Sunday, September 20, 2015

Come to A House Museum

Billy Graham's home, just as it was. Building on left. 

The Billy Graham Library

by Linore Rose Burkard

Have you visited the Billy Graham House Museum? The site is officially called The Billy Graham Library, and there is a library, but it is much, much more than that. Even those not overly fond of Mr. Graham will find the trip to the house and grounds in Charlotte, North Carolina well worth it.  I was there two summers ago with my husband, two daughters and some friends who had just moved to the area.

First you tour the modest home Mr. Graham grew up in, replete with original furnishings and wallpaper, right down to several thousand bricks--which is remarkable considering that the house has been transplanted to this site from miles away where Mr. Graham grew up. (How they do that, I'll never fathom!)

Even before entering the home, visitors are greeted outdoors with lovely hymns, as if an angel choir is hovering about somewhere. It turns out that the music is wafting out of hidden speakers, and these are scattered about the walking paths so that one is never too far away from the peaceful, happy sounds.   On a beautiful day, you might think you're on heavenly grounds!

As you enter the house, it is immediately apparent that Mrs. Graham (not Ruth Bell Graham, Billy's wife, but his mother) had an eye for tasteful decor. I couldn't help snapping photos as we moved along.

Victorian Lady. (from the Billy Graham Homestead)

Dining Room of the Graham Homestead

 It may not be overtly apparent in the photos, but upon entering the house you can't miss an abundance of creamy light-blue, present in the painted walls, the drapery and upholstery and in other accessories. It was Mrs. Graham's favorite color. (I like a lady who knows how to please herself in her decorating style--especially when it is so esthetically successful.) ;) 

We were only given access to the first floor rooms, and even some of them were tantalizingly roped off so that you couldn't see the whole room. (Must be what makes me an avid researcher for my novels--a really well developed sense of curiosity!) Those we could view, however, were lovely. The kitchen was small and definitely low-tech. Not a granite countertop in sight, but it had the winsome charm of days past, which is what I enjoyed throughout the home.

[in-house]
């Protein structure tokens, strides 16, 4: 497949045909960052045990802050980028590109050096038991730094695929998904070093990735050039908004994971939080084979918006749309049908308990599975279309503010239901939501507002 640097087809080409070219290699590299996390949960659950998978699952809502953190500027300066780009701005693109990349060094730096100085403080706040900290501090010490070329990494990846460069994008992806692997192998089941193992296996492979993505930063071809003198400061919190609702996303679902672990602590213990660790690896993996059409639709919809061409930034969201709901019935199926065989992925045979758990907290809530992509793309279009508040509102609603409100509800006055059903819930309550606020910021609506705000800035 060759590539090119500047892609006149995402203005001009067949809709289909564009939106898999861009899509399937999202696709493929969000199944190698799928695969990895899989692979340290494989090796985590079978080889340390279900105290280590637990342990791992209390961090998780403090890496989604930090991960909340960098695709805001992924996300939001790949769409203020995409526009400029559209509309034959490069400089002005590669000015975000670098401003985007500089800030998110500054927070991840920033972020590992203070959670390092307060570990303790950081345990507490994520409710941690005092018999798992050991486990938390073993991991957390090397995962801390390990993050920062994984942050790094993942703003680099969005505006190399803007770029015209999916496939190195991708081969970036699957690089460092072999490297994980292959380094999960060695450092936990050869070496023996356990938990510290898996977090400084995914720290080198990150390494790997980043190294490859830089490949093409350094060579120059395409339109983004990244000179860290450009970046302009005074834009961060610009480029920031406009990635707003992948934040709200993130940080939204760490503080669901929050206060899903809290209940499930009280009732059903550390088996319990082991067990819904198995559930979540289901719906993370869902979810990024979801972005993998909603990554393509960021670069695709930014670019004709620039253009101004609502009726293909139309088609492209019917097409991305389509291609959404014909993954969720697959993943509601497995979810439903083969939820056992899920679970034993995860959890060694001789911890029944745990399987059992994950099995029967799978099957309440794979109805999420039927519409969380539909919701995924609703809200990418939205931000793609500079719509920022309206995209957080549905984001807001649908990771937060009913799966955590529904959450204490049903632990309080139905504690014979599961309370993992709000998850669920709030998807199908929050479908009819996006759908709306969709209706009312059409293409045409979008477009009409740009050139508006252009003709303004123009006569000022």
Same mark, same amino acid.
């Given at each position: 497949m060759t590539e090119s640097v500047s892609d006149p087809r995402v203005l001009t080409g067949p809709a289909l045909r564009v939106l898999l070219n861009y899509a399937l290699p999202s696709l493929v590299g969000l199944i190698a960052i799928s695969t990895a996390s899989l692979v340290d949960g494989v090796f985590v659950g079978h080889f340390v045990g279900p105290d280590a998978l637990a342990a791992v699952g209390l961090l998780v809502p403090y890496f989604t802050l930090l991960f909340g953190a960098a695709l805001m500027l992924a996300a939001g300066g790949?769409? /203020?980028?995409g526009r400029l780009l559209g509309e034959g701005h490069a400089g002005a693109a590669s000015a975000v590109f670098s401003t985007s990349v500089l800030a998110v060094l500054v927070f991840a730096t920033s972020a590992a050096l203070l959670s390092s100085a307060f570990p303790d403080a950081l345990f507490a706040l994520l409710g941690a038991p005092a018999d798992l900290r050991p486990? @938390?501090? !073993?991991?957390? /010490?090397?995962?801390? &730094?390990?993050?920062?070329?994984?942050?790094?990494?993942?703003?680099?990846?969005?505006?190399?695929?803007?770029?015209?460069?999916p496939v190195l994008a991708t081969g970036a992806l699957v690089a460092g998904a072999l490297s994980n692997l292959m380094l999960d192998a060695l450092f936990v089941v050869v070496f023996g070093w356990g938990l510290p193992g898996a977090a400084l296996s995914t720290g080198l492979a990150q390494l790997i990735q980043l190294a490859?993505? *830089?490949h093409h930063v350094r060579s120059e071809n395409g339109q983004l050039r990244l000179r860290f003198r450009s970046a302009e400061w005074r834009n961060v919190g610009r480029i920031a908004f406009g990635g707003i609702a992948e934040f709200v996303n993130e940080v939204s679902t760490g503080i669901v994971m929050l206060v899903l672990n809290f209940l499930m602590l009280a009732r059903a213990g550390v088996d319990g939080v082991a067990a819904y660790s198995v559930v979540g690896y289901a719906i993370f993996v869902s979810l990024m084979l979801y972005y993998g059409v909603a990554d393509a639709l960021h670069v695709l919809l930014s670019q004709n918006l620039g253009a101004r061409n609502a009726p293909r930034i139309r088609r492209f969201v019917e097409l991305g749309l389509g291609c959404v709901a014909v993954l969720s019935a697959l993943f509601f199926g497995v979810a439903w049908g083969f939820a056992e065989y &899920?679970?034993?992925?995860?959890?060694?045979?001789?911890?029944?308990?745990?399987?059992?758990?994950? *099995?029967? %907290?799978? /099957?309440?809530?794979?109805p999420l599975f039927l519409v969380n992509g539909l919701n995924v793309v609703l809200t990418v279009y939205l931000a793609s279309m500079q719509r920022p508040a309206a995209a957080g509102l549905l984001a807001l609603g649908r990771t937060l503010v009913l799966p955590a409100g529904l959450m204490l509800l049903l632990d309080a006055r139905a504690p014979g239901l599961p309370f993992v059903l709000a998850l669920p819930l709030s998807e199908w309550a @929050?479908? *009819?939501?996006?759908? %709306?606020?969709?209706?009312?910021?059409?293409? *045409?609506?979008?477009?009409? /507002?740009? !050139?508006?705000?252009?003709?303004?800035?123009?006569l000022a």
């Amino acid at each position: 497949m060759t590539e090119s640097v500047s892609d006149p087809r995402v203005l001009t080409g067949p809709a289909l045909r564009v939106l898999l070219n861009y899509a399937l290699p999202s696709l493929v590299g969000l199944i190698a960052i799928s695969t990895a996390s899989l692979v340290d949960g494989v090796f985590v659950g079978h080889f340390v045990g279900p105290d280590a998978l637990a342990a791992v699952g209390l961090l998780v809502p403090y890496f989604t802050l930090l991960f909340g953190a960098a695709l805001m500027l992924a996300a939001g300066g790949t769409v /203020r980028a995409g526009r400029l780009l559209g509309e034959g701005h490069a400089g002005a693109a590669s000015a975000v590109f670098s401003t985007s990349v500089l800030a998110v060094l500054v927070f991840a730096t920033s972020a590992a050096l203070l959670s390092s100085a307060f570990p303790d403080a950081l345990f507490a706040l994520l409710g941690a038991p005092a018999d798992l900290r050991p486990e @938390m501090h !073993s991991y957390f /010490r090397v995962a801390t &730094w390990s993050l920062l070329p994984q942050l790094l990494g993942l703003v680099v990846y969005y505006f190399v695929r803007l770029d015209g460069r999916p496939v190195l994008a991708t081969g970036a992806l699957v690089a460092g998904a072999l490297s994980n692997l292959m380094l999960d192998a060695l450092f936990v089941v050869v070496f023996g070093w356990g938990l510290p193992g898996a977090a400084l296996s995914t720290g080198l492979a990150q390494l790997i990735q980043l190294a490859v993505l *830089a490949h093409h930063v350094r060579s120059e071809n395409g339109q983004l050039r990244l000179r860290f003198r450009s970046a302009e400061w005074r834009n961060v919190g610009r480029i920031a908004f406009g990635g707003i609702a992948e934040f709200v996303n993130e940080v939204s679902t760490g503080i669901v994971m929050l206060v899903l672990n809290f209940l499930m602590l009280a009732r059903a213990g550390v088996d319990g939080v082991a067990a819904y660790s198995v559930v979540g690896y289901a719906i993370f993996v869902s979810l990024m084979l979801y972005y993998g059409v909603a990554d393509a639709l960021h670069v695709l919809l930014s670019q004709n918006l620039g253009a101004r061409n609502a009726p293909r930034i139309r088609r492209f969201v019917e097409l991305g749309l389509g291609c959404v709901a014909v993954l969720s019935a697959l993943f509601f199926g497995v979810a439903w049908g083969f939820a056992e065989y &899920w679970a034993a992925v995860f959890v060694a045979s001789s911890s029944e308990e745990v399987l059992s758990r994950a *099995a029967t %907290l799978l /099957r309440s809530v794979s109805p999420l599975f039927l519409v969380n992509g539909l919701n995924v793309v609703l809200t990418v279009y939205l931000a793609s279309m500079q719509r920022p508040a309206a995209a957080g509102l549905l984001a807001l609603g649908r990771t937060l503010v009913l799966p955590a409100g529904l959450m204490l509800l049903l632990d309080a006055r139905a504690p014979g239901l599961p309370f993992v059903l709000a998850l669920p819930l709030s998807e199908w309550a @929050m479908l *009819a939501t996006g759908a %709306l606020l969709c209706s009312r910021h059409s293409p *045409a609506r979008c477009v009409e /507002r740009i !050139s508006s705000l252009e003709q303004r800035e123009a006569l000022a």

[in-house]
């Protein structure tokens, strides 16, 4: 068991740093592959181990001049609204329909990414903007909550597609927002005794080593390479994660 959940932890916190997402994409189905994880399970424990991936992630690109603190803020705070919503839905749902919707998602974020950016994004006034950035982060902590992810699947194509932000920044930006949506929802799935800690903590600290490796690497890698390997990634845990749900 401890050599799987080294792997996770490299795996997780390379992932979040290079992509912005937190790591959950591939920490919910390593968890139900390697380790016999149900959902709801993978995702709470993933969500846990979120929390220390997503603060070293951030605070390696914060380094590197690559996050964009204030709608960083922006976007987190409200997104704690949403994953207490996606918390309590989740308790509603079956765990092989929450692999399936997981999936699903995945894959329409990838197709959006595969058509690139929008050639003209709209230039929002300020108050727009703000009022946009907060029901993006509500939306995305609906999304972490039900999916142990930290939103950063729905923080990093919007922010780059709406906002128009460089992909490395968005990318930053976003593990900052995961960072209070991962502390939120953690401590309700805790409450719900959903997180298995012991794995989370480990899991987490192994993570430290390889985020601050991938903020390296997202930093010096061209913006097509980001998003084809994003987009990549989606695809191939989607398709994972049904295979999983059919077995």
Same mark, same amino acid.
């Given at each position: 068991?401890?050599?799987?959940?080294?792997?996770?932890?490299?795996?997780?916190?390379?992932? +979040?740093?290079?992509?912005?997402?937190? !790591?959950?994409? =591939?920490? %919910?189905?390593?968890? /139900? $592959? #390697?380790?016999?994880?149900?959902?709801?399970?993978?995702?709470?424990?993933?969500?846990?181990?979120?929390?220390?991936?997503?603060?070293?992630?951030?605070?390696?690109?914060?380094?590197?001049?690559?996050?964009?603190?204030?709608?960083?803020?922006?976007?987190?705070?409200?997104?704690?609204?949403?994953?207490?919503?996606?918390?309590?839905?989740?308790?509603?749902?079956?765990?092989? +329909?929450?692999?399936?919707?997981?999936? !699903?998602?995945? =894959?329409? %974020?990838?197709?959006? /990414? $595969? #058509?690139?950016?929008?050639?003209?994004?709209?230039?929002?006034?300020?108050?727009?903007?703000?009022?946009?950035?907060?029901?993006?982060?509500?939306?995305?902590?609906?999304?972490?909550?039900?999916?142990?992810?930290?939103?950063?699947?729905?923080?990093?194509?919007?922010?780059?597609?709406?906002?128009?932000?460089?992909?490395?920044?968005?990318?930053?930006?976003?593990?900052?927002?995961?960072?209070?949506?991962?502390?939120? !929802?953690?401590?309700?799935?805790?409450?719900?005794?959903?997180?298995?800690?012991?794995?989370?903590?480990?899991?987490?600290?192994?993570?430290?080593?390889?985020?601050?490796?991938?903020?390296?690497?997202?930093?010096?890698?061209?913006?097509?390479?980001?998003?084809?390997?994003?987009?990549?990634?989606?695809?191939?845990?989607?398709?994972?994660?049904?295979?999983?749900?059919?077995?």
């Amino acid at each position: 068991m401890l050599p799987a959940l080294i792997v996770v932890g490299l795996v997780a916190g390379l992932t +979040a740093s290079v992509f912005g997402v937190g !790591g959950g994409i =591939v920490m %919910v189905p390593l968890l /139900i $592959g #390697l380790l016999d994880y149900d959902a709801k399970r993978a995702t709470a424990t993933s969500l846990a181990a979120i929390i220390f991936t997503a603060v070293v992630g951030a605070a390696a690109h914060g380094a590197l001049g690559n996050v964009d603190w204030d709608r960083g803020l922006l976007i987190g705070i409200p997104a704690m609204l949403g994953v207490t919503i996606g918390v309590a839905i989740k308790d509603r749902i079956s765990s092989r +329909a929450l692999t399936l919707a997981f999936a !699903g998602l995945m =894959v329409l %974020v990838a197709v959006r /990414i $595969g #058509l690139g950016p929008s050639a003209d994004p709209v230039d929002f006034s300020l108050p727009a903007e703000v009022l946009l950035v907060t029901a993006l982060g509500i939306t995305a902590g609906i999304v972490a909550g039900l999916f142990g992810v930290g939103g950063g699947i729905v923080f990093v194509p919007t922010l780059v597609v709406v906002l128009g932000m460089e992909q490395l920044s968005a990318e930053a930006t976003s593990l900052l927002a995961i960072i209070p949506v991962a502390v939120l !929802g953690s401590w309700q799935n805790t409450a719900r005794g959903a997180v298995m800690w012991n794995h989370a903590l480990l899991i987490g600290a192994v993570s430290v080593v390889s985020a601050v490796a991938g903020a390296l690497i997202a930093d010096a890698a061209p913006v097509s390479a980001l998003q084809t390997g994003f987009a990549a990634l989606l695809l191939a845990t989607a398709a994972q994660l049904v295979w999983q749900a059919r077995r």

Right Wall in Dining Room

Victorian Vignettes (Not the best picture, unfortunately)

Georgian Vignette. I could not get this photo without the reflection, much as I tried. 
 Once you complete the short tour of the homestead, you follow the path, still enjoying the hymns along the way, to the Barn. This is where the real tour begins, with state-of-the-art animatronics in the huge reception room and bookstore, where it all starts. There is no charge for any of this, by the way. Admission is free, which is a delightful surprise, considering the cost of even small museums, today.

Once you listen to an animatronic cow give you a little amusing introduction, you follow a mostly self-guided tour from room to room. "Self-guided," because no one rushes you, but there is a presentation or short film in most every room, so that, even though no one is moving you along, the tour goes in order of Mr. Graham's life, and you learn, not only about him and where he traveled to preach the Word of God--these things seem almost incidental--but about the various countries he went to. There is political, social, and spiritual information, so you don't feel as though it is all about him. Instead, it is a great testimony of what God does with a willing soul, and even a history lesson for anyone willing to listen, read, and learn.

Exhibits range from written paraphernalia, pictures, films, recorded excerpts, artwork, and a couple rooms full of personal artifacts, letters, and other things of interest. I don't think I spent a boring moment. Then, at the very end of the tour, we went through a wonderful doorway, which (if I remember correctly) is meant to represent the door we all hope to pass through one day--the gateway to heaven. (See below.) It is actually like going through a short tunnel--fun!

At the end: The Gateway. " "I am the way, the truth, and the light. No one comes to the Father except through Me."
And outside, follow the trails to see a few memorials, including the gravesite of Ruth Bell Graham. [Gotta love that lady. On her stone is an inscription she saw one day near a construction site and immediately wanted for her own memorial: "End of Construction. Thank you for your patience."] Beside her stone is an empty spot for Mr. Graham, but trust me when I say there is nothing macabre or sad about it. (As Paul the Apostle says, "To be absent from the body is to be present with the Lord.") 

For more information on the Billy Graham Library, hours of operation, and more, see the website HERE.


Linore Rose Burkard is best known for historical romance novels with Harvest House Publishers, and now writes YA/Suspense as L.R.Burkard. Linore teaches workshops for writers with Greater Harvest Workshops in Ohio, is a mother of five, and still homeschools her youngest daughter—preferably with coffee in one hand,  iPad in the other, and her feet up. Keep up with Linore by subscribing at either of her websites. 


  1. I haven't been there, Linore. I didn't even know it existed, so thanks for the post. I'd love to visit the historical home.

  2. I've been to the Billy Graham Library at Wheaton College. It was very impressive. Must put the one in N.C on my bucket list. sm wileygreen1(at)yahoo(dot)com

  3. I've never been there before, but I'd love to go. I have been to another house museum, though. Pearl Buck's birthplace in Hillsboro, WV. It's a nice place to visit.

  4. Graham and Buck are on our Bucket List. Thank you for the post, Linore.